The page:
Tuesday, March 07, 2006

RIP Kirby

Kirby Puckett passed away due to a stroke. He was one of the best stories from baseball in the ‘80s and ‘90s. He was built like a hedgehog and was always smiling. Because of his smaller size and huge smile, it was like a kid really was playing in centerfield. I remember that every kid loved Kirby Puckett at school, and it didn’t matter that he was a Twin and not a superstar for the Red Sox. Like most Americans, my memory of him is the game where he snagged a bomb off of the plexiglass wall in the Metrodome and then hit the game winning home run in extra innings as Joe Buck yelled “We’ll see you tomorrow night!” I remember sitting in my cousin’s basement living room watching the game with the one Braves fan in Maine. I just got the chills typing that memory out. That game was Kirby Puckett living out every kid’s baseball dream: snatch the homerun from the wall and then hit a home run when you come up. His story of a rise out of poverty or how he swung at everything because playing stick ball as a kid the taped box that was he strike zone on the wall behind him was almost as tall as him were great stories. I was sad to see him announce his retirement. It didn’t seem fair to fans that a great player who made the game fun retired because of a horrific beaning which brought on his eye problems. Heck, why couldn’t it have happened to Barry Bonds instead?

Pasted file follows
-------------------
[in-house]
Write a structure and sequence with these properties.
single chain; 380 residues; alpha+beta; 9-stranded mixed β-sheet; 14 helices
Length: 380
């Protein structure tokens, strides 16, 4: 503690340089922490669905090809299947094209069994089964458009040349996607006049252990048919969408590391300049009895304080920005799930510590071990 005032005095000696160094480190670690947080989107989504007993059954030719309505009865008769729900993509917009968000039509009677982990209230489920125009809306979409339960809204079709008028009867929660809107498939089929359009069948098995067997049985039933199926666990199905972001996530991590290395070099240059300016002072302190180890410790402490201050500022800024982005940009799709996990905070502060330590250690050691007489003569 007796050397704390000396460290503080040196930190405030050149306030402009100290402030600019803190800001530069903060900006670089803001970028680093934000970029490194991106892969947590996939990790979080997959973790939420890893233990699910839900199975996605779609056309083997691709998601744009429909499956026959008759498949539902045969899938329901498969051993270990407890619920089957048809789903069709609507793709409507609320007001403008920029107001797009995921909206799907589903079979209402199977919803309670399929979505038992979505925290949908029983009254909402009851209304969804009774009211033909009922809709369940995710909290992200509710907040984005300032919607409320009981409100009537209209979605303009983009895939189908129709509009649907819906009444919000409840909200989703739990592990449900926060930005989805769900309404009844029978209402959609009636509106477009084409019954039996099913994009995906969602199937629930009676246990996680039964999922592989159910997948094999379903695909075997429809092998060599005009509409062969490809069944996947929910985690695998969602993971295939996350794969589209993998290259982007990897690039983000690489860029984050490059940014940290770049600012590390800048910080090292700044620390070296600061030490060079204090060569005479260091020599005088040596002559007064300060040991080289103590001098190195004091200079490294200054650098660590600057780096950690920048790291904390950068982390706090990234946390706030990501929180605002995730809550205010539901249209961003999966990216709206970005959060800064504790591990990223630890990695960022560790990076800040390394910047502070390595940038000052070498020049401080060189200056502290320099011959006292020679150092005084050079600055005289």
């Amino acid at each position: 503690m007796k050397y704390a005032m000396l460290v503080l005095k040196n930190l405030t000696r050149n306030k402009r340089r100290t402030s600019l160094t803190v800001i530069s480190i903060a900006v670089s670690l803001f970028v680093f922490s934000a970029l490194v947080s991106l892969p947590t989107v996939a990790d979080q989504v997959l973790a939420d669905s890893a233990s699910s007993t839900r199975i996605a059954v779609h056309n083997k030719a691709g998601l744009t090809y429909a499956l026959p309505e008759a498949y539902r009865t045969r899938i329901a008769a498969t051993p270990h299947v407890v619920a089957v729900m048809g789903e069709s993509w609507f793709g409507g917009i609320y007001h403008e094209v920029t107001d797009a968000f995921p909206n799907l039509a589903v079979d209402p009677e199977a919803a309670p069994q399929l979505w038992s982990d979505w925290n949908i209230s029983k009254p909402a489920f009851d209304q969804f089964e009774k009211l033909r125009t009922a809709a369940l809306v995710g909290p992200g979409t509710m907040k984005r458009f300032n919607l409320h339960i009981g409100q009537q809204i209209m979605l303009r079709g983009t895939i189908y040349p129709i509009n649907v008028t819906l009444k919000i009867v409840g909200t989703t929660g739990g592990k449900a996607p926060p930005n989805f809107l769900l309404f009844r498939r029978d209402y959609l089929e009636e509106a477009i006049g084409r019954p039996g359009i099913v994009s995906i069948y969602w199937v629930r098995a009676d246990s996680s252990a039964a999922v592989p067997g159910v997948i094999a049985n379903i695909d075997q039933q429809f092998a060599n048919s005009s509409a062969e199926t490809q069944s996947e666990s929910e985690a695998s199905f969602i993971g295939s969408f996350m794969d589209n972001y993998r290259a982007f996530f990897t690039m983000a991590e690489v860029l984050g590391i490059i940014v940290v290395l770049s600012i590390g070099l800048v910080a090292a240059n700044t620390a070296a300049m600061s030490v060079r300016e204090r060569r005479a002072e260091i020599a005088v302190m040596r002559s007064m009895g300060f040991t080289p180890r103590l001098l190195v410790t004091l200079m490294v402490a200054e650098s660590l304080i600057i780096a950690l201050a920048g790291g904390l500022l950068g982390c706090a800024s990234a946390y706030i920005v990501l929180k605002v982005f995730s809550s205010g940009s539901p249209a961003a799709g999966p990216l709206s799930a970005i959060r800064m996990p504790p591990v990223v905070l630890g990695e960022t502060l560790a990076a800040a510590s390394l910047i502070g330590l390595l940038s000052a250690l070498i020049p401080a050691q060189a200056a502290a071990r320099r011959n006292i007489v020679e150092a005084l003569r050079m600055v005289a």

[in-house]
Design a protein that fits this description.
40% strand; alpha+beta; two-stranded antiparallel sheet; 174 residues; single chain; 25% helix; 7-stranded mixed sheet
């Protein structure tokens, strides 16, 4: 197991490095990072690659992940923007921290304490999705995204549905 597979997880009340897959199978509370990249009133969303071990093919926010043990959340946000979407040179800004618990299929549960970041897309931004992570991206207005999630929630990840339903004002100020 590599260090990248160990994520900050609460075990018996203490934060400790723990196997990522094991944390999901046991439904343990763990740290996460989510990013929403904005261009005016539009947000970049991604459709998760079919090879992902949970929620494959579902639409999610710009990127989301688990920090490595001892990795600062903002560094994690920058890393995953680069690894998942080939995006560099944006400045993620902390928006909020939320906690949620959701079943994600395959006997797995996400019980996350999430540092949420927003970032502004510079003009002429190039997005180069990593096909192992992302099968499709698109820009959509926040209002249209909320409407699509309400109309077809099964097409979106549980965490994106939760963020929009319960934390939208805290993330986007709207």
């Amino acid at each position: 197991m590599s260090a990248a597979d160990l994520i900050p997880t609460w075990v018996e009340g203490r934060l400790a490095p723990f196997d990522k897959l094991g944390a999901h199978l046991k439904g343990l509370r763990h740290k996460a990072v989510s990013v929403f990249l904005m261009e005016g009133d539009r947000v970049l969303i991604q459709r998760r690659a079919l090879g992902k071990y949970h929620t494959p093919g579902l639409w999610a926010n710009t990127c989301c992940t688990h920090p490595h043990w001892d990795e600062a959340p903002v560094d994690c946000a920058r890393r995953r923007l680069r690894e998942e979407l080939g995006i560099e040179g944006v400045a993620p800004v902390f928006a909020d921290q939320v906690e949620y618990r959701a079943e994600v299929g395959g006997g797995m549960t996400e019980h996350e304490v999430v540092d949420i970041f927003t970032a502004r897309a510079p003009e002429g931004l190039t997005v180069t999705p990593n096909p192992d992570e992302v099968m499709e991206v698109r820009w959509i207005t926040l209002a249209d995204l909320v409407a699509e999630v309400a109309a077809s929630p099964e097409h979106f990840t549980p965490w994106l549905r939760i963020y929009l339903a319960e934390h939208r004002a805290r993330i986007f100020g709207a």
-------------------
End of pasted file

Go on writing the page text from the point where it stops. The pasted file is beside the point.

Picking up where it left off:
Of course, everyone’s world got rocked when Sports Illustrated did the expose on Kirby Puckett’s outside the lines problems. Kirby had his issues outside of the game, but it did not take away from how it made me feel about him as a player. Sure, he targeted overweight single moms on welfare because he found it easier to manipulate and use them. He also disliked doing all of the charity work or how once he did some of it, it was expected of him. Did that shock me? Yes. Does it really matter what goes on behind closed doors? No. Would you want your secrets written all over the news? No. I get tired of the digging into athletes lives, and Kirby’s secrets were dark, seedy, and not necessary. Ultimately, these athletes that kids use as role models are just as human as their neighbors. Kirby was fun and I’ll always remember him for his swing and smile.

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